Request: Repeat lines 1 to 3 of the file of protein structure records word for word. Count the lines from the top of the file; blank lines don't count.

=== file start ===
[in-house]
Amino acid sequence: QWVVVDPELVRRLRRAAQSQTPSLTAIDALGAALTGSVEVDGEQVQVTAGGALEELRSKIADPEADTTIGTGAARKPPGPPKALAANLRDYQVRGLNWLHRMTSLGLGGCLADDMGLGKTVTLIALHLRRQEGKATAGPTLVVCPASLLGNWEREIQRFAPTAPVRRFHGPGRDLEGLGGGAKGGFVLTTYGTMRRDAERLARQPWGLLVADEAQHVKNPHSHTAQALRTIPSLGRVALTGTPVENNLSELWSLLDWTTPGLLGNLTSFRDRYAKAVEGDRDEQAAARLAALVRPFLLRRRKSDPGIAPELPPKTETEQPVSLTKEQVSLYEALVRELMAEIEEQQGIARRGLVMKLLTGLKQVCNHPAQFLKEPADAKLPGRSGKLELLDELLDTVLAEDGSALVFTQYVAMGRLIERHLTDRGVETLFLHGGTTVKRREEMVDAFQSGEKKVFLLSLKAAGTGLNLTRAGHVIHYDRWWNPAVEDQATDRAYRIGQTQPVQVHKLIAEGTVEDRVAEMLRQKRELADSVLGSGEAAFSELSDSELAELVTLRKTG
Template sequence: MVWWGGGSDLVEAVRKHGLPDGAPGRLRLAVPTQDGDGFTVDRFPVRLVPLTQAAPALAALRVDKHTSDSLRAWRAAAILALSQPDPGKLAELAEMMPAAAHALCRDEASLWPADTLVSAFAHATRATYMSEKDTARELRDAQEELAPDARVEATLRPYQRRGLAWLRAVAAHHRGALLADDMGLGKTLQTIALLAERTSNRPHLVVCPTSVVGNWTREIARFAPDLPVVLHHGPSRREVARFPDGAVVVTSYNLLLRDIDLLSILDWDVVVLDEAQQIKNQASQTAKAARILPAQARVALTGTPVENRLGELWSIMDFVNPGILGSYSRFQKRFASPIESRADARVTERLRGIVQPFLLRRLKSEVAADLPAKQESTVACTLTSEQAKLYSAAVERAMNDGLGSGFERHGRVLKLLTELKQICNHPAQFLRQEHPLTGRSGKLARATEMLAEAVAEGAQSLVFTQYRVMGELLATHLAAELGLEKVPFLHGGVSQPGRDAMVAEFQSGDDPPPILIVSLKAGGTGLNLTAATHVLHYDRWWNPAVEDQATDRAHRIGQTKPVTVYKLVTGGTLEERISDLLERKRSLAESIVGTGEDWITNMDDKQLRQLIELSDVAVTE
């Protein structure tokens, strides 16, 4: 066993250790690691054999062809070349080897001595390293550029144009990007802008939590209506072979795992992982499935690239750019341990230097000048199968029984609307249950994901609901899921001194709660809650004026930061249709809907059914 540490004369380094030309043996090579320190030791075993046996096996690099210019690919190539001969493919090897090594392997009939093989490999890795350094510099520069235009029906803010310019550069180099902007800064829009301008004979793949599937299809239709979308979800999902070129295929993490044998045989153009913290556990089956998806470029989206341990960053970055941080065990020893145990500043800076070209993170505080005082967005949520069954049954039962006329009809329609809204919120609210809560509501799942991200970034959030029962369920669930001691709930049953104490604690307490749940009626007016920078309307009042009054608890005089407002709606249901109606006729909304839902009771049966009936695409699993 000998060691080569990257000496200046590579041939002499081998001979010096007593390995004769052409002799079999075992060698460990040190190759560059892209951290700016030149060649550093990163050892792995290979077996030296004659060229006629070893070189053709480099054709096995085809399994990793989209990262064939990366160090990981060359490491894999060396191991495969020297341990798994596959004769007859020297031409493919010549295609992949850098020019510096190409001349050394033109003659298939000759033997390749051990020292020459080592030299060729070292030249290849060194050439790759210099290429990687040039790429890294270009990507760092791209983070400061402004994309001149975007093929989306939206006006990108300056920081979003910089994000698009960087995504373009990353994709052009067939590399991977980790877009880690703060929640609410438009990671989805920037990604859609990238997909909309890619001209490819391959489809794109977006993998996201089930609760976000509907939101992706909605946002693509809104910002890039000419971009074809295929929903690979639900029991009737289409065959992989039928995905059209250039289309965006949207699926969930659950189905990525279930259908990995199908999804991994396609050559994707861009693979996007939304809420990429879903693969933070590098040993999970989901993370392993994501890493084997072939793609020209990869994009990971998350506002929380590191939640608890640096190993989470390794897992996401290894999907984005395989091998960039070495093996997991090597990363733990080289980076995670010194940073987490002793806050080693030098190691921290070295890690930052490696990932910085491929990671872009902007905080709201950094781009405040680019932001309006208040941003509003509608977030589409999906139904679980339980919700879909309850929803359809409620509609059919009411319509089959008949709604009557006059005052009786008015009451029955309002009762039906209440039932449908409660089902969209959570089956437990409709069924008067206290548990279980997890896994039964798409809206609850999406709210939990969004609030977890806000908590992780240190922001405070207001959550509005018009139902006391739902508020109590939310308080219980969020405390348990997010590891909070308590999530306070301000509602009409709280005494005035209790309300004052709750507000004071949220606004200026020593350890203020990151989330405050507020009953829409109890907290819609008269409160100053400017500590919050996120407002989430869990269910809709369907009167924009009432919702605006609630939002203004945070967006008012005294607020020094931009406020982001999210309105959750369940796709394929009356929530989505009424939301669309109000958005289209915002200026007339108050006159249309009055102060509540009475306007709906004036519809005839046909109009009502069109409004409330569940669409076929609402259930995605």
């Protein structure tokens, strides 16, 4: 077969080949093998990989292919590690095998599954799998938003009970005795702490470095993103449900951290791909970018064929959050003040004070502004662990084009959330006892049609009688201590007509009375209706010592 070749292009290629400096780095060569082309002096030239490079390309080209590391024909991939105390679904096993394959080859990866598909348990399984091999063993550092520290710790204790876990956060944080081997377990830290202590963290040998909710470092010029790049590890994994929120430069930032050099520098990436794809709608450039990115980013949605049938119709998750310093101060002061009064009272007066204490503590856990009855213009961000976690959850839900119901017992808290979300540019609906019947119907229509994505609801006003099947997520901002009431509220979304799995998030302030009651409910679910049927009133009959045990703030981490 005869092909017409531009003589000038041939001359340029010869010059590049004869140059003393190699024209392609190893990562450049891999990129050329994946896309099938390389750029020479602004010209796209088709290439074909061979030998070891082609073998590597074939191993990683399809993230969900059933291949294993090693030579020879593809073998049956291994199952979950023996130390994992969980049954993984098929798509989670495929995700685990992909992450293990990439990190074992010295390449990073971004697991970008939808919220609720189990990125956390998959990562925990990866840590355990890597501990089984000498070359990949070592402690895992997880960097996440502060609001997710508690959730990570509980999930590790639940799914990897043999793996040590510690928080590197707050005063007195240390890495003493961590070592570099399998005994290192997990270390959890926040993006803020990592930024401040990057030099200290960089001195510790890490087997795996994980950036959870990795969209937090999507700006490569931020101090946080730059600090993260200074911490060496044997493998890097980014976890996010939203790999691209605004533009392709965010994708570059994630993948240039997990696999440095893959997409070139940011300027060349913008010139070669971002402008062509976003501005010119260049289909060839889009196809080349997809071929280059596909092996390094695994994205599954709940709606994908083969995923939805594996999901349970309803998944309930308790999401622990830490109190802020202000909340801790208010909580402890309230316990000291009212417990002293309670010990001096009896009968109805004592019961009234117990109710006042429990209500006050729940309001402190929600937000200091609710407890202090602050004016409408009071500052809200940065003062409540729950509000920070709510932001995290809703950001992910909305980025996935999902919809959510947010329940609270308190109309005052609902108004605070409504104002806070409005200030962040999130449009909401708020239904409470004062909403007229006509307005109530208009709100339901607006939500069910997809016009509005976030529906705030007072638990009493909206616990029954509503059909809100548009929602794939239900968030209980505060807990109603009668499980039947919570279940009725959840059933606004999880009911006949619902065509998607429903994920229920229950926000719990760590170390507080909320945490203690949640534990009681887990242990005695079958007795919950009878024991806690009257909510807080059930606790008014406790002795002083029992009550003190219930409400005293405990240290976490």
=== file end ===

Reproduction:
[in-house]
Amino acid sequence: QWVVVDPELVRRLRRAAQSQTPSLTAIDALGAALTGSVEVDGEQVQVTAGGALEELRSKIADPEADTTIGTGAARKPPGPPKALAANLRDYQVRGLNWLHRMTSLGLGGCLADDMGLGKTVTLIALHLRRQEGKATAGPTLVVCPASLLGNWEREIQRFAPTAPVRRFHGPGRDLEGLGGGAKGGFVLTTYGTMRRDAERLARQPWGLLVADEAQHVKNPHSHTAQALRTIPSLGRVALTGTPVENNLSELWSLLDWTTPGLLGNLTSFRDRYAKAVEGDRDEQAAARLAALVRPFLLRRRKSDPGIAPELPPKTETEQPVSLTKEQVSLYEALVRELMAEIEEQQGIARRGLVMKLLTGLKQVCNHPAQFLKEPADAKLPGRSGKLELLDELLDTVLAEDGSALVFTQYVAMGRLIERHLTDRGVETLFLHGGTTVKRREEMVDAFQSGEKKVFLLSLKAAGTGLNLTRAGHVIHYDRWWNPAVEDQATDRAYRIGQTQPVQVHKLIAEGTVEDRVAEMLRQKRELADSVLGSGEAAFSELSDSELAELVTLRKTG
Template sequence: MVWWGGGSDLVEAVRKHGLPDGAPGRLRLAVPTQDGDGFTVDRFPVRLVPLTQAAPALAALRVDKHTSDSLRAWRAAAILALSQPDPGKLAELAEMMPAAAHALCRDEASLWPADTLVSAFAHATRATYMSEKDTARELRDAQEELAPDARVEATLRPYQRRGLAWLRAVAAHHRGALLADDMGLGKTLQTIALLAERTSNRPHLVVCPTSVVGNWTREIARFAPDLPVVLHHGPSRREVARFPDGAVVVTSYNLLLRDIDLLSILDWDVVVLDEAQQIKNQASQTAKAARILPAQARVALTGTPVENRLGELWSIMDFVNPGILGSYSRFQKRFASPIESRADARVTERLRGIVQPFLLRRLKSEVAADLPAKQESTVACTLTSEQAKLYSAAVERAMNDGLGSGFERHGRVLKLLTELKQICNHPAQFLRQEHPLTGRSGKLARATEMLAEAVAEGAQSLVFTQYRVMGELLATHLAAELGLEKVPFLHGGVSQPGRDAMVAEFQSGDDPPPILIVSLKAGGTGLNLTAATHVLHYDRWWNPAVEDQATDRAHRIGQTKPVTVYKLVTGGTLEERISDLLERKRSLAESIVGTGEDWITNMDDKQLRQLIELSDVAVTE